Kenneth Stedman has an undergraduate degree in Chemical Engineering from Stanford. After working in biotechnology in Switzerland, he earned his Ph.D. in Molecular and Cell Biology at U.C. Berkeley with Sydney Kustu on bacterial transcriptional regulation.  He was a Marie-Curie postdoctoral fellow with Wolfram Zillig, the pioneer in archaeal transcription and archaeal viruses at the Max Planck Institute for Biochemistry. There he developed his love of “extreme viruses”.  He is currently the chair of the NASA virus focus group and is working on a documentary film on virus ubiquity and utility called “Edge of Life”.

 

 

Geoffrey Diemer is currently a doctoral candidate at Portland State University in Oregon, USA, working with Dr. Kenneth Stedman.  Geoffrey obtained a master’s degree in Biomedical Sciences in 2001 at KU Leuven in Belgium, where he developed lentiviral vector technology and gene therapy strategies targeting HIV with Drs. Zeger Debyser and Erik De Clercq. After several fruitful years thereafter in the biopharmaceutical industry developing biologics targeting inflammation and cancer, he began his current PhD research in evolutionary virology and astrobiology at the PSU Center for Life in Extreme Environments.

 

Microbiology, Immunology, Infection and Inflammation Award

Shifts in human skin and nares microbiota of healthy children and adults
Julia Oh, Julie A Segre and Heidi H Kong
Genome Medicine 2012, 4:77

Julie Segre is a leader in the NIH Roadmap Human Microbiome Project. She utilizes high throughput sequencing and develops algorithms to study the microbial diversity of human skin in both health and disease states, focusing on eczema and primary immune deficiencies. Heidi H. Kong is a tenure-track clinical investigator in the Dermatology Branch, CCR, NCI, NIH with a research focus on the skin microbiome in healthy individuals and patients with atopic dermatitis and primary immunodeficiency disorders with eczematous skin conditions. Kong & Segre published the first topographical map of human skin bacterial diversity, and are currently exploring fungal diversity. Julia Oh is a postdoctoral fellow with Dr. Julia Segre at the National Human Genome Research Institute, researching the dynamics of the human skin microbiome, immunity, and disease, using novel technologies to explore the communities of bacteria, viruses, and fungi that inhabit all areas of the human body and play an integral role in human health.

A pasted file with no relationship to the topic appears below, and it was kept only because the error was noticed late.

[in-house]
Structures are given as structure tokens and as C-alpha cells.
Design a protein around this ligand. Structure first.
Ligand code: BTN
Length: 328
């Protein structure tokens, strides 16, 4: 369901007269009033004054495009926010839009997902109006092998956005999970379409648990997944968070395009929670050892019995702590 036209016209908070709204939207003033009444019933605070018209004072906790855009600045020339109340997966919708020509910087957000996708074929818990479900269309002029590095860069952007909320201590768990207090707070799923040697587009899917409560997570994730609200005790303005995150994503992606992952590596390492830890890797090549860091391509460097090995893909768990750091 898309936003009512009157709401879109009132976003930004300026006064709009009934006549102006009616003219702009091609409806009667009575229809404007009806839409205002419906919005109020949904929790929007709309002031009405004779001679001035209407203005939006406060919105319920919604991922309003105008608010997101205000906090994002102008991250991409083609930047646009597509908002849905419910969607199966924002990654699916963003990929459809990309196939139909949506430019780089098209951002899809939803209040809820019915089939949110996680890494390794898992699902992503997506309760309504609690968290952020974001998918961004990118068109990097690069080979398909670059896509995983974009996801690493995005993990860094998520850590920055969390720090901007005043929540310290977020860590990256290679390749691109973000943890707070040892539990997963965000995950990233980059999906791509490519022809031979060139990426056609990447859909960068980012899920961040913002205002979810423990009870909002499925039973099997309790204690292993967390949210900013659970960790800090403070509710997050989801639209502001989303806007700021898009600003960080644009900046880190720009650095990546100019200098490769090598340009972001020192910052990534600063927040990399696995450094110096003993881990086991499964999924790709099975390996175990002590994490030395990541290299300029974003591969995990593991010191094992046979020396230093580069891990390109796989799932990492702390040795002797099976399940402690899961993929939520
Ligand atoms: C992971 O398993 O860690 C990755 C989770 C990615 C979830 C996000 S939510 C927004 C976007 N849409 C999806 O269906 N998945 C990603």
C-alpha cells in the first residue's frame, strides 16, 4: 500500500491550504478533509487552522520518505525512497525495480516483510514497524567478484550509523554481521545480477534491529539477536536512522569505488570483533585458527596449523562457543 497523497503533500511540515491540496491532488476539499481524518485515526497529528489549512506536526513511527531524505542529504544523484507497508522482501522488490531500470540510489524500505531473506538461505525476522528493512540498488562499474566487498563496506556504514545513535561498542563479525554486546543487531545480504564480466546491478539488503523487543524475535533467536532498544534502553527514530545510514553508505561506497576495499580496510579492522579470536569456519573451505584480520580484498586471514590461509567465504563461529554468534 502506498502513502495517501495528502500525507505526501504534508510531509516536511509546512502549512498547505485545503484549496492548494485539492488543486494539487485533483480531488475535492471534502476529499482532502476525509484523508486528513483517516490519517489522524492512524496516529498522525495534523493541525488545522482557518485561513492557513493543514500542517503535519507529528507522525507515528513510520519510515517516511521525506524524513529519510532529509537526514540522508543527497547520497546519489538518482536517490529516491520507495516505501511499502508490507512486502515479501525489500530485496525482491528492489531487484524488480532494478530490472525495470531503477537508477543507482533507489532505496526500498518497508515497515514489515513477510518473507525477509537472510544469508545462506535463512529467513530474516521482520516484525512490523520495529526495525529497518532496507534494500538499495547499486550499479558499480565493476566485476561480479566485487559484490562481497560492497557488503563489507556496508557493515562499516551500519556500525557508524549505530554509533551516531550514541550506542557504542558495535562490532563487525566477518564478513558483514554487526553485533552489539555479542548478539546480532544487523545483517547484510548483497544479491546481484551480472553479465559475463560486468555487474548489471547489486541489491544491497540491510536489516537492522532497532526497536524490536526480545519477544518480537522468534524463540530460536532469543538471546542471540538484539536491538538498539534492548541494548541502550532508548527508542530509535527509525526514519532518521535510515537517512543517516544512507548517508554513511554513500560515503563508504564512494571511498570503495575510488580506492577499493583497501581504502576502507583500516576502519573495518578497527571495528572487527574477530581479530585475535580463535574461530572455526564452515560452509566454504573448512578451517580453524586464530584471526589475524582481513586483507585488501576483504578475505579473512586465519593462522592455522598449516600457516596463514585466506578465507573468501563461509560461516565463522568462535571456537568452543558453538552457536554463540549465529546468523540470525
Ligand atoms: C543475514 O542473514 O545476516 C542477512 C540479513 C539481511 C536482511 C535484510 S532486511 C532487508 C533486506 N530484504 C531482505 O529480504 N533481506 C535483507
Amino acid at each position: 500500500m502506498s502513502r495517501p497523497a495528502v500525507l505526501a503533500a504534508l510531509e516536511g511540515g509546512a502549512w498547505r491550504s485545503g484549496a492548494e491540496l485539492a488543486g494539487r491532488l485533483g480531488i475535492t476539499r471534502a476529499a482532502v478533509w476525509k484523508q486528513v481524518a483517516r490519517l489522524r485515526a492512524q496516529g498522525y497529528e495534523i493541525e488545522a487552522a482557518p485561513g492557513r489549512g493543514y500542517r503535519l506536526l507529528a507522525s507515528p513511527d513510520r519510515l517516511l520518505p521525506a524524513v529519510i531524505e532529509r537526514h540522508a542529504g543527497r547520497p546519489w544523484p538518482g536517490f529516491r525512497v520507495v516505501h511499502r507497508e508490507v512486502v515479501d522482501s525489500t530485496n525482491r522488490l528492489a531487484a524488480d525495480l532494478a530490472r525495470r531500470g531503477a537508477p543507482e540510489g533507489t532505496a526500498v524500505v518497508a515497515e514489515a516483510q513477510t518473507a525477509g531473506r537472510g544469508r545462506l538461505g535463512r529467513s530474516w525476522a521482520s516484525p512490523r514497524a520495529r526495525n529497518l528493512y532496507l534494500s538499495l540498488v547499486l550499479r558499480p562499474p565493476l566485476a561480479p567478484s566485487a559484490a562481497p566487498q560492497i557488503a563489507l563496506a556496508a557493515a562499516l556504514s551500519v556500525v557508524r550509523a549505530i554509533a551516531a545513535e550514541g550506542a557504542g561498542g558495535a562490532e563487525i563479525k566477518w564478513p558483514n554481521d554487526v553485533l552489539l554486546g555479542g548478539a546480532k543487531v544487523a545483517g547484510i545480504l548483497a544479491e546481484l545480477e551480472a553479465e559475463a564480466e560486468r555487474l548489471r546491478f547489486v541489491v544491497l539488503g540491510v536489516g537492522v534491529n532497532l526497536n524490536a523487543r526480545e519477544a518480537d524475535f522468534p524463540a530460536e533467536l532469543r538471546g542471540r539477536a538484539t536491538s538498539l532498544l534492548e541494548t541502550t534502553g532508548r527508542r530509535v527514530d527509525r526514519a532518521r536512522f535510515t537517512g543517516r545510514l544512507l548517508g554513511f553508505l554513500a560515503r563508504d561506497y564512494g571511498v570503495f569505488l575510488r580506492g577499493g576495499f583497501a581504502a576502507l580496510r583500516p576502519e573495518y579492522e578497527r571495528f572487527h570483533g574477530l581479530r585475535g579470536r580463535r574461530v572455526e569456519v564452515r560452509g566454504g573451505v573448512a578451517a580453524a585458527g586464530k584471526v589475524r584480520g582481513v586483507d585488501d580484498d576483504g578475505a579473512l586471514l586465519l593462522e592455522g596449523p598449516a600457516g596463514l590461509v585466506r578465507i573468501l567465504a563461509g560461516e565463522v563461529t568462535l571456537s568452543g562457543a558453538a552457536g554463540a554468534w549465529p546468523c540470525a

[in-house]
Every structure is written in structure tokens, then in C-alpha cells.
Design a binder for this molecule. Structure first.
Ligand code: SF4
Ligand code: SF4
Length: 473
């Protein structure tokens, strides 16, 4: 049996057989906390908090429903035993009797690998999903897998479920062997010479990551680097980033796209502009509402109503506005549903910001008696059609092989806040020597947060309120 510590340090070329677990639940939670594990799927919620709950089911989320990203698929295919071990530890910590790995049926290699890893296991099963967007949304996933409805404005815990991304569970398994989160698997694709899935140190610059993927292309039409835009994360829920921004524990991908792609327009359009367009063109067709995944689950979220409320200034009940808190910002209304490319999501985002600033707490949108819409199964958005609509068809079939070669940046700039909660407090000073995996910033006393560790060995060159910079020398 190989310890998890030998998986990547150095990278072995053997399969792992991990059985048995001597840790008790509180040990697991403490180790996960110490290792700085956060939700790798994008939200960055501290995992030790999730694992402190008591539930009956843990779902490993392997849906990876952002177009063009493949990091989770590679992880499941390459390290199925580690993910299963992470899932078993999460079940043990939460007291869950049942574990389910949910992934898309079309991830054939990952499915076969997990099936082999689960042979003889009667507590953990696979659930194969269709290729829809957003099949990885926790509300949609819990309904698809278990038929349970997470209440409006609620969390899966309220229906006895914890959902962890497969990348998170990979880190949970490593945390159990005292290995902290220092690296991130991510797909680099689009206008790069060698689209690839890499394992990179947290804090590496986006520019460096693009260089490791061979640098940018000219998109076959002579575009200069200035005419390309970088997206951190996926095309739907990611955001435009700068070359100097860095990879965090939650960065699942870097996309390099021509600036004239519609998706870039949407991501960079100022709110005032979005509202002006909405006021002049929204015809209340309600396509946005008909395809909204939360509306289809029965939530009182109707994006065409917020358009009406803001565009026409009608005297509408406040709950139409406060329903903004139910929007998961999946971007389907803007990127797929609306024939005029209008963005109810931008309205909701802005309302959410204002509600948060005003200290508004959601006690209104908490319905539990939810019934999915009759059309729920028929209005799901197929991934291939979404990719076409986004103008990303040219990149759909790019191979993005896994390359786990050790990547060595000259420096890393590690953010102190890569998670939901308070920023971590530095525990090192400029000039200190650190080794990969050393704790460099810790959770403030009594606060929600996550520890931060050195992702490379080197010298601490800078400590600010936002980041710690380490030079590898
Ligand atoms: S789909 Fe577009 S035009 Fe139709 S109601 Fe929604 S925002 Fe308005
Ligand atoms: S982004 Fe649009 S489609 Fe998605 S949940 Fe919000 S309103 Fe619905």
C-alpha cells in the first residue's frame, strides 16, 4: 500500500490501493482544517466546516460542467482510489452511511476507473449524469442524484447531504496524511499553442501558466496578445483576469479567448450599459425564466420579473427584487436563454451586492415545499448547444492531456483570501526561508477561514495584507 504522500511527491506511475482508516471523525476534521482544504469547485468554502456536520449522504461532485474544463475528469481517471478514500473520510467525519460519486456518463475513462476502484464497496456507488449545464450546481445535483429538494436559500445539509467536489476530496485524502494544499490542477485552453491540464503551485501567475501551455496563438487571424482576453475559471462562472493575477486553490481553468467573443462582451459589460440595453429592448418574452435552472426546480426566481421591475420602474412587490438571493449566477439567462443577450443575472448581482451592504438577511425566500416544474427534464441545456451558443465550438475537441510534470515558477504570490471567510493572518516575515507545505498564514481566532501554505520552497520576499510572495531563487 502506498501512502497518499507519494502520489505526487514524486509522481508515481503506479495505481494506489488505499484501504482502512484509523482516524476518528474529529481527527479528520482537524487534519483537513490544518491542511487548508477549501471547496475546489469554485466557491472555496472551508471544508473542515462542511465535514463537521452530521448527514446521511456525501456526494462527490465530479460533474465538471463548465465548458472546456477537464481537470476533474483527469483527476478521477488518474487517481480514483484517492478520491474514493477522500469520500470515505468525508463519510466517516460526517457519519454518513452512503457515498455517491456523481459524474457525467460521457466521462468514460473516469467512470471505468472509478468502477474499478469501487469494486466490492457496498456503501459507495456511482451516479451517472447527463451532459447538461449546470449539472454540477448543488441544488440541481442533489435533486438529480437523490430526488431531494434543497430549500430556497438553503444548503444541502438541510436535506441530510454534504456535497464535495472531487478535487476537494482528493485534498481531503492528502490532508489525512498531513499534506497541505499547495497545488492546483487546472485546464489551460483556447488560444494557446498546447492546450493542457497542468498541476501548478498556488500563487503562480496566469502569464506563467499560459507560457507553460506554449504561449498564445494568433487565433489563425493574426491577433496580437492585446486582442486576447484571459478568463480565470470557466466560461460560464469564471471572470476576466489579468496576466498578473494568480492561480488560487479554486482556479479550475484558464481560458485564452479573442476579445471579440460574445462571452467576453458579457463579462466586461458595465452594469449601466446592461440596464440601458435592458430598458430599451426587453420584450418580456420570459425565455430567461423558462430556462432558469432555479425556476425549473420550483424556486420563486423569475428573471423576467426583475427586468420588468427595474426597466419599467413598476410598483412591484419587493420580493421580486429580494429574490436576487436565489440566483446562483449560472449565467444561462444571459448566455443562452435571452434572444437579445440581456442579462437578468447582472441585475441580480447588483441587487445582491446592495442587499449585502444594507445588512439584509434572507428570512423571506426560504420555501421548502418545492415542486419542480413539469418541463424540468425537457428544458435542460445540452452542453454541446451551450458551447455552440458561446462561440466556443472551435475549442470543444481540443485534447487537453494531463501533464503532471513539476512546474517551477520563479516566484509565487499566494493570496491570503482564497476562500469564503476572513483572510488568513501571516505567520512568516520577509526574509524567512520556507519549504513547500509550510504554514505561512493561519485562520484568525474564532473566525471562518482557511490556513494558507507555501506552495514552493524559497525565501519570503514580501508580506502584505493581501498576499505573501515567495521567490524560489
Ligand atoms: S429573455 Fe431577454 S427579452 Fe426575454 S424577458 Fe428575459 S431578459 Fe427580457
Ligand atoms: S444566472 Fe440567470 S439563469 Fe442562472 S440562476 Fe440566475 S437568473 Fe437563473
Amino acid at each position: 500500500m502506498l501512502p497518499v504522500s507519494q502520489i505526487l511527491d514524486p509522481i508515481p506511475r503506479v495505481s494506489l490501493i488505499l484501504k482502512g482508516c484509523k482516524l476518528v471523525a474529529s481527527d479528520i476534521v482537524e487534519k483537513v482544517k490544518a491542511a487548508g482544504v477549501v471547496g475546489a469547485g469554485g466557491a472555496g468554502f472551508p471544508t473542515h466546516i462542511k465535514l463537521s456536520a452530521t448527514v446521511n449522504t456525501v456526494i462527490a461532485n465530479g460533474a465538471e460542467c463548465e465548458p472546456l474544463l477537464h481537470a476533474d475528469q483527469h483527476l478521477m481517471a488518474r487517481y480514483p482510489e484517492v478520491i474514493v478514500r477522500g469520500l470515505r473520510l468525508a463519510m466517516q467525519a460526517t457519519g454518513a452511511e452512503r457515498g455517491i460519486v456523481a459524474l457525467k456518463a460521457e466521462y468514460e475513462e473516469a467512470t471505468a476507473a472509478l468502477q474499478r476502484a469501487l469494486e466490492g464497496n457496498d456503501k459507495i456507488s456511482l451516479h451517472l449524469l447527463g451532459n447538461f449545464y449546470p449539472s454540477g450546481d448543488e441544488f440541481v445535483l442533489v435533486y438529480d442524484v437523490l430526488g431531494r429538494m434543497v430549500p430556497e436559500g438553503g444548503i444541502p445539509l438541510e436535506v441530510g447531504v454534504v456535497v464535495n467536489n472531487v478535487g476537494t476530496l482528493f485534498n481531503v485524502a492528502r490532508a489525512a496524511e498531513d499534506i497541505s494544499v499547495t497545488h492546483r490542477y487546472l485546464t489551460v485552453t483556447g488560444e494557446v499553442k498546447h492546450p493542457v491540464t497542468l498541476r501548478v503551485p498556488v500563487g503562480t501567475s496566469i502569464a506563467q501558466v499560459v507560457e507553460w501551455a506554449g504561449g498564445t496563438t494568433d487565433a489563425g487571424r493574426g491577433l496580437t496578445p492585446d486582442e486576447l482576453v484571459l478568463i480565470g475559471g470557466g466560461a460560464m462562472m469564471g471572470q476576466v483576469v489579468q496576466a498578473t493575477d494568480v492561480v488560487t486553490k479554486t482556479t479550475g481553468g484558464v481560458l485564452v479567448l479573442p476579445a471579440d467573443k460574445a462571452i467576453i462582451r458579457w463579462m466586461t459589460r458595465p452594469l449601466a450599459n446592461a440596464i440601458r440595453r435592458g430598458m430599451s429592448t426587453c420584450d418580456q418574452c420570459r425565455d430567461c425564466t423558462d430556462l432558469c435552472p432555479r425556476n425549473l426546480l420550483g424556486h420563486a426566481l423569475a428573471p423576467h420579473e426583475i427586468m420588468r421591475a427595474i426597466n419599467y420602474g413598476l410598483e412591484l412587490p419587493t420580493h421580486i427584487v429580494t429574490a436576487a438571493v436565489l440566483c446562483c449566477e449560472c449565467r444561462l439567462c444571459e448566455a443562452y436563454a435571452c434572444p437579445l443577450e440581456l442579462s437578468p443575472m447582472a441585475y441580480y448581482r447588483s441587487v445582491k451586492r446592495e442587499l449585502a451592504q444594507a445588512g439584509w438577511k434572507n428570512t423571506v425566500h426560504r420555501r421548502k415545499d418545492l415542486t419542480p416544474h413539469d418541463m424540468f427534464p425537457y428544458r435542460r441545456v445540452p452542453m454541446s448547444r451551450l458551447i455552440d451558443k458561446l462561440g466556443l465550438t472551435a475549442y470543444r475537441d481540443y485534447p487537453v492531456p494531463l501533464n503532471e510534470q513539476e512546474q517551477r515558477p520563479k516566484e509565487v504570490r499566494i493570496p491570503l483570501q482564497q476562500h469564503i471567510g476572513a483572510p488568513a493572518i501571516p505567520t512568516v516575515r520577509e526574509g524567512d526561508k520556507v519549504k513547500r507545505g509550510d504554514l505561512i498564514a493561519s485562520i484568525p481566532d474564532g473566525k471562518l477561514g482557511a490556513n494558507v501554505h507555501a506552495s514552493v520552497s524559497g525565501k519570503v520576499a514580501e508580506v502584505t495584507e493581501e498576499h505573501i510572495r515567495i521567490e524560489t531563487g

Molecular and Cellular Science Award

HIRA dependent H3.3 deposition is required for transcriptional reprogramming following nuclear transfer to Xenopus oocytes
Jerome Jullien
Epigenetics & Chromatin 2012, 5:17 

Jerome Jullien obtained his PhD in 2003 at the Ecole Normale Superieure de Lyon, France where he studied how growth factor receptor intracellular trafficking influences cell fate decision. He is currently a research associate at the Wellcome Trust/Cancer Research UK Gurdon Institute, Cambridge, UK. He is interested in how gene expression of a differentiated adult cell can be experimentally reversed to that of an embryonic cell. This could potentially open the way to provide therapeutically useful replacement cells of any kind from other more readily available differentiated cells such as skin.

 

Neuroscience, Neurology and Psychiatry Award

Systemic immune challenges trigger and drive Alzheimer-like neuropathology in mice
Irene Knuesel
Journal of Neuroinflammation 2012, 9:151

Irene Knuesel received her Ph.D. in Molecular Neuroscience from the University of Zurich, Switzerland. Awarded with a fellowship from the Swiss National Science Foundation, she joined Mary B. Kennedy at the Division of Biology, Caltech to conduct a postdoctoral training. Following a junior group leader position with Joram Feldon at the Technical University of Zurich (ETH), she accepted a senior research scientist position at the Institute of Pharmacology and Toxicology, University of Zurich where she initiated her independent research program. Her main scientific interests include the molecular and cellular mechanisms underlying aging-associated neurodegenerative diseases, with a specific focus on sporadic Alzheimer’s Disease. She is one of the pioneers investigating the impact of disturbances of neurodevelopmental processes on brain aging and cognitive decline.